Using UV-C light as an alternative to pesticides

TRIC Robotics hopes to impact strawberry cultivation in California and Delaware

At the University of Delaware, TRIC Robotics has developed robots that will bathe strawberry crops in UV-C light. This is an alternative to the use of pesticides. The company then tested the robots in the fields of Fifer Orchards in Kent County, as well as sites in Georgetown and Kernersville. Recently, the company received its biggest funding milestone yet: $965,000 from the National Science Foundation, which, combined with a $625,000 grant from the USDA, positions the startup for a promising 2023.

To really get TRIC off the ground, founder Adam Stager decided to make a major move to where 90% of the industry’s strawberries are grown: Central California. “We ended up taking two of the platforms that we had designed for the East Coast, and we just threw them on top of the SUV and came out to California,” Stager said. “That really helped us get through to the R&D phase, and we were getting really great results. It was a very visible difference in crop health.”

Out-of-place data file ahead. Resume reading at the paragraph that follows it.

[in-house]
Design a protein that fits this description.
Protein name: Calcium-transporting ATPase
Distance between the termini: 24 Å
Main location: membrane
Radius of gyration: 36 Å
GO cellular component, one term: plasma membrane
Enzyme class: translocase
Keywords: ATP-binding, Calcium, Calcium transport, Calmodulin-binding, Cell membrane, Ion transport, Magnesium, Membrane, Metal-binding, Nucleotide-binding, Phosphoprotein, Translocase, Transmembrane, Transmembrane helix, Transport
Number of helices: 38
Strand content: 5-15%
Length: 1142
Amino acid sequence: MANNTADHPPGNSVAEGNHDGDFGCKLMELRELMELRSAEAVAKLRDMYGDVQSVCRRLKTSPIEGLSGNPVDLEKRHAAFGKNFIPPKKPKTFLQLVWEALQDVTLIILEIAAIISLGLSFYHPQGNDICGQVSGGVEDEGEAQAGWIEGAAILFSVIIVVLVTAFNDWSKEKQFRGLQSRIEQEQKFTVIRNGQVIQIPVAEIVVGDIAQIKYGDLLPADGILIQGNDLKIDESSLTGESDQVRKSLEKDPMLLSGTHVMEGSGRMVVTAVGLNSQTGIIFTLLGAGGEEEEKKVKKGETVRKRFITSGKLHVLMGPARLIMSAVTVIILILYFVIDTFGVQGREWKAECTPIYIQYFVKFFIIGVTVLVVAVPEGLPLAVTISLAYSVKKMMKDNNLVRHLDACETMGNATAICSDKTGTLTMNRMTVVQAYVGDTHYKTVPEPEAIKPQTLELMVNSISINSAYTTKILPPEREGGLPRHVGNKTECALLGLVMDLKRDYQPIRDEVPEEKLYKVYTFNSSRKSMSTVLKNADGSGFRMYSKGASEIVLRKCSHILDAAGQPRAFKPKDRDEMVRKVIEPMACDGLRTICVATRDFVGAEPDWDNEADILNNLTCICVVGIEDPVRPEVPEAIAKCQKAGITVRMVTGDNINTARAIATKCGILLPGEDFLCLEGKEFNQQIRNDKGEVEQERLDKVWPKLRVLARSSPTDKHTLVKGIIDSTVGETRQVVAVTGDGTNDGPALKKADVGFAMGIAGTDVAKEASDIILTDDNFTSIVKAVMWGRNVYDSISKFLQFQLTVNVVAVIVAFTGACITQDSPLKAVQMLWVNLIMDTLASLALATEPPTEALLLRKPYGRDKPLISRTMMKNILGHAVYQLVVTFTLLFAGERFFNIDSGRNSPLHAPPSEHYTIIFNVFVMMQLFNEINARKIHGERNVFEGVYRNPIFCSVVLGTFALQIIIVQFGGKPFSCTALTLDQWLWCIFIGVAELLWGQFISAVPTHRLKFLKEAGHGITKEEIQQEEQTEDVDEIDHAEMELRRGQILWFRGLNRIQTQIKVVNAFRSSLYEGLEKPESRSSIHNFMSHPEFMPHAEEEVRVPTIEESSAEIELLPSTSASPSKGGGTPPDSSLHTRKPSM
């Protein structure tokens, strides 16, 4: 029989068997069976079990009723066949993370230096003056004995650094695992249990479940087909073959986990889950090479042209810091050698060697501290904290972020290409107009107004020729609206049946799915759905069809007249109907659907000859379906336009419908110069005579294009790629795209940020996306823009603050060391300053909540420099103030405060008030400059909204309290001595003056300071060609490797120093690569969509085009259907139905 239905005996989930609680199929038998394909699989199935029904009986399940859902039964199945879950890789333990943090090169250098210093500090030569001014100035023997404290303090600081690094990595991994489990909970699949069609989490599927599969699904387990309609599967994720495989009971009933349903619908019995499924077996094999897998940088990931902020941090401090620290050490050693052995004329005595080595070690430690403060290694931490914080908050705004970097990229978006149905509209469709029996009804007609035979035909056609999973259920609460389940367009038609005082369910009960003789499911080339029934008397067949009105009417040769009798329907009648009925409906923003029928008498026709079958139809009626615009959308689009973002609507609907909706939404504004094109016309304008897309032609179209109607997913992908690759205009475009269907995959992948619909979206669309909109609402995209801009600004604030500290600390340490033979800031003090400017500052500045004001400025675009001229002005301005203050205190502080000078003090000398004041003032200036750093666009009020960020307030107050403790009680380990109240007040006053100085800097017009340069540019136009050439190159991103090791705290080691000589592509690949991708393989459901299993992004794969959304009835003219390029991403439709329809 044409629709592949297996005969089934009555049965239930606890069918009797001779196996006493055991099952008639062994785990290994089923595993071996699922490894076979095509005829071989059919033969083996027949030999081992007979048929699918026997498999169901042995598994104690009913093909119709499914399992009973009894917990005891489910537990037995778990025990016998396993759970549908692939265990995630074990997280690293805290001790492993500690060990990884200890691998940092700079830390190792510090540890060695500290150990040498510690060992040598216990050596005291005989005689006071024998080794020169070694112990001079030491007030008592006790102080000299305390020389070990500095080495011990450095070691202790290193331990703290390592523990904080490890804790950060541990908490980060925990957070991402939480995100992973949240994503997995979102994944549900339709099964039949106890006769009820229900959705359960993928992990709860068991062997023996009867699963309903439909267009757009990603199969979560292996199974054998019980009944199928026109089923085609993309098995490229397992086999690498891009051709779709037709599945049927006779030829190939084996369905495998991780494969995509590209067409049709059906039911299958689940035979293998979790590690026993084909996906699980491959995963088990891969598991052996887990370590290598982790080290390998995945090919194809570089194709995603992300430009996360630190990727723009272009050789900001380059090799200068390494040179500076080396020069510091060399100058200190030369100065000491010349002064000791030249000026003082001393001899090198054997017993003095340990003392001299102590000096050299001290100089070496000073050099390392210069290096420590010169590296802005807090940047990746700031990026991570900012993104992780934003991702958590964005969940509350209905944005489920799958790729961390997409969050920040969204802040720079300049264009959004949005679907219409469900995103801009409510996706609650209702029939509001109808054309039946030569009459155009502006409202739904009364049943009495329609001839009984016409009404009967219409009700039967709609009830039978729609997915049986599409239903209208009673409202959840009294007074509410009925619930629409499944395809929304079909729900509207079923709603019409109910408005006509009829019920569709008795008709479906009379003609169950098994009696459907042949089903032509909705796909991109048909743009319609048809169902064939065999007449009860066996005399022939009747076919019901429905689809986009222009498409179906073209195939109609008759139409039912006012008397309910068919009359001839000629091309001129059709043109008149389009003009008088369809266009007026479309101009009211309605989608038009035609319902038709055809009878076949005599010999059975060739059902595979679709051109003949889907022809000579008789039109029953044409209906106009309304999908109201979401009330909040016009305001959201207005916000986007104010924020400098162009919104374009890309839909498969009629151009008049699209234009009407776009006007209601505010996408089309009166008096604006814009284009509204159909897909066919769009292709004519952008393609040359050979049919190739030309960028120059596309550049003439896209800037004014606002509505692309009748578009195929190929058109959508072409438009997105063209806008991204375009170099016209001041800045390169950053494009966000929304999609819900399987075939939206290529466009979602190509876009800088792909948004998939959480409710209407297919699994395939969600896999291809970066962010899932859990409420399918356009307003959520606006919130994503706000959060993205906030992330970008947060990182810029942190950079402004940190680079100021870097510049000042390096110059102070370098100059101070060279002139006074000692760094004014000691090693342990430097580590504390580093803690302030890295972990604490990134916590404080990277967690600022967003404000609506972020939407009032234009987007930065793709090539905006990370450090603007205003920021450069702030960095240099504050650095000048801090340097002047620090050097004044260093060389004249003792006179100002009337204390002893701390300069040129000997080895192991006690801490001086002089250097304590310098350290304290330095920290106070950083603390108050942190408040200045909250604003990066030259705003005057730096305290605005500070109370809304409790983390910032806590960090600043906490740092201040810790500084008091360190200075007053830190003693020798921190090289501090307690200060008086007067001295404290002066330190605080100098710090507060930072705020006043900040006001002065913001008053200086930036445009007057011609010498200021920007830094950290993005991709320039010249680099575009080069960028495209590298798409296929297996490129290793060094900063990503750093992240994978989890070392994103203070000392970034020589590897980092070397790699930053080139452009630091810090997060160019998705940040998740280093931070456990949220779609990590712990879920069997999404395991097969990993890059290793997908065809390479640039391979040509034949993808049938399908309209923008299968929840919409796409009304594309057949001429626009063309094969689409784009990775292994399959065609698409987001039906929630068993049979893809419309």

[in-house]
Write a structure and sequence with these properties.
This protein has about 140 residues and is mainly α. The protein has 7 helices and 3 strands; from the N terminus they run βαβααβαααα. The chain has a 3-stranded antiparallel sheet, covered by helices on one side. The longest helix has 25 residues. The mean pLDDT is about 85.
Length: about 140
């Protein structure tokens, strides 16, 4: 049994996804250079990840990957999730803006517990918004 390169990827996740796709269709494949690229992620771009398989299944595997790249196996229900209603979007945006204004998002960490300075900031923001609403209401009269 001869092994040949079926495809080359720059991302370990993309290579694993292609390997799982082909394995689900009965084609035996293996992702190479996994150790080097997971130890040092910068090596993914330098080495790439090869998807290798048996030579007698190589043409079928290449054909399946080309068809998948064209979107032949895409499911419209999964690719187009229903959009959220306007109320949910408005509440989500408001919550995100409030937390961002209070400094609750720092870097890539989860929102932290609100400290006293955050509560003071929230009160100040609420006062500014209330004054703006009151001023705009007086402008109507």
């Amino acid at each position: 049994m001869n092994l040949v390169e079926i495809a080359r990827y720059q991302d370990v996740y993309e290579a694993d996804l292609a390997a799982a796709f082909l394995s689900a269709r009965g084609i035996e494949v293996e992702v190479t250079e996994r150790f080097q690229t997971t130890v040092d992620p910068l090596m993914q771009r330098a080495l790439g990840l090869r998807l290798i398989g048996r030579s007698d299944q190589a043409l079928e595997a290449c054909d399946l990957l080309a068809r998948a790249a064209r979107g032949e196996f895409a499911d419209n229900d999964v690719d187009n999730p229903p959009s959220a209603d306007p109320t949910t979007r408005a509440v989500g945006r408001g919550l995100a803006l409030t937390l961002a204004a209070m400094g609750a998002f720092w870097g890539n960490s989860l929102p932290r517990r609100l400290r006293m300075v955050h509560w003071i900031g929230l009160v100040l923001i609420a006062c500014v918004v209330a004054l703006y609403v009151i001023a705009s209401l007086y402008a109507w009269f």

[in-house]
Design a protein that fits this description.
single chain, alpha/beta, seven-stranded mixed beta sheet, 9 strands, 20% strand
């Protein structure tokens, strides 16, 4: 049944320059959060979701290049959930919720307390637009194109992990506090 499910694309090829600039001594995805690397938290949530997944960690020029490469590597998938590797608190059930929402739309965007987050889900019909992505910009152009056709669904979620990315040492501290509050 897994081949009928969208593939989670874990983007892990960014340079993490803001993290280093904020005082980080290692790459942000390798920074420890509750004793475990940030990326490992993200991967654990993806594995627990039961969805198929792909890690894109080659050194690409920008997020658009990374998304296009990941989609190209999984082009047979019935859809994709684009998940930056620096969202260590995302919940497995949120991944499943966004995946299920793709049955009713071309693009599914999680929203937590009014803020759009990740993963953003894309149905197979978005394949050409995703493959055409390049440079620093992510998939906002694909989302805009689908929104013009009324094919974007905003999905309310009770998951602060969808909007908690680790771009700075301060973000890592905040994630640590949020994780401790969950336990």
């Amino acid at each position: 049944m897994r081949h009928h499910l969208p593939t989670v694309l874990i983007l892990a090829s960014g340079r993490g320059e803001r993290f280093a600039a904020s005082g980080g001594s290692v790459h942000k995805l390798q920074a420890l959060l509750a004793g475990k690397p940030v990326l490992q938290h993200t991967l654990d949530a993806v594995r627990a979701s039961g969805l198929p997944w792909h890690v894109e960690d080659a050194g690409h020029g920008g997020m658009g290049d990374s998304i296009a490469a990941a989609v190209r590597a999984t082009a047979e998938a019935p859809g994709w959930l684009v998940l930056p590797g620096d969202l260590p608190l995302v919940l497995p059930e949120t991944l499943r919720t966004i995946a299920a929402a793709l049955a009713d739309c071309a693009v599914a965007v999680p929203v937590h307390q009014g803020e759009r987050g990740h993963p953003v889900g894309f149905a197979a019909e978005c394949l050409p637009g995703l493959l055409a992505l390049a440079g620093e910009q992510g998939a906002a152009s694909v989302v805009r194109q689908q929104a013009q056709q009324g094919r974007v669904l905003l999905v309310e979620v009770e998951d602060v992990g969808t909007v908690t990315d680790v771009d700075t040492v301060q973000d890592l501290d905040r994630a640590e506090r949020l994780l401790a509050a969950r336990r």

While California is very much where the strawberry farms are, Stager sees potential for bringing the tech back to Delaware: “A really exciting idea for me is bringing the strawberries back to Delaware,” he said. “Right now, there’s so much pest pressure, especially with mold and the wetness that we have on the East Coast. That makes it really difficult to grow strawberries.”

In the meantime, Stager and his growing team are focused on bringing the technology to market as a service business model.



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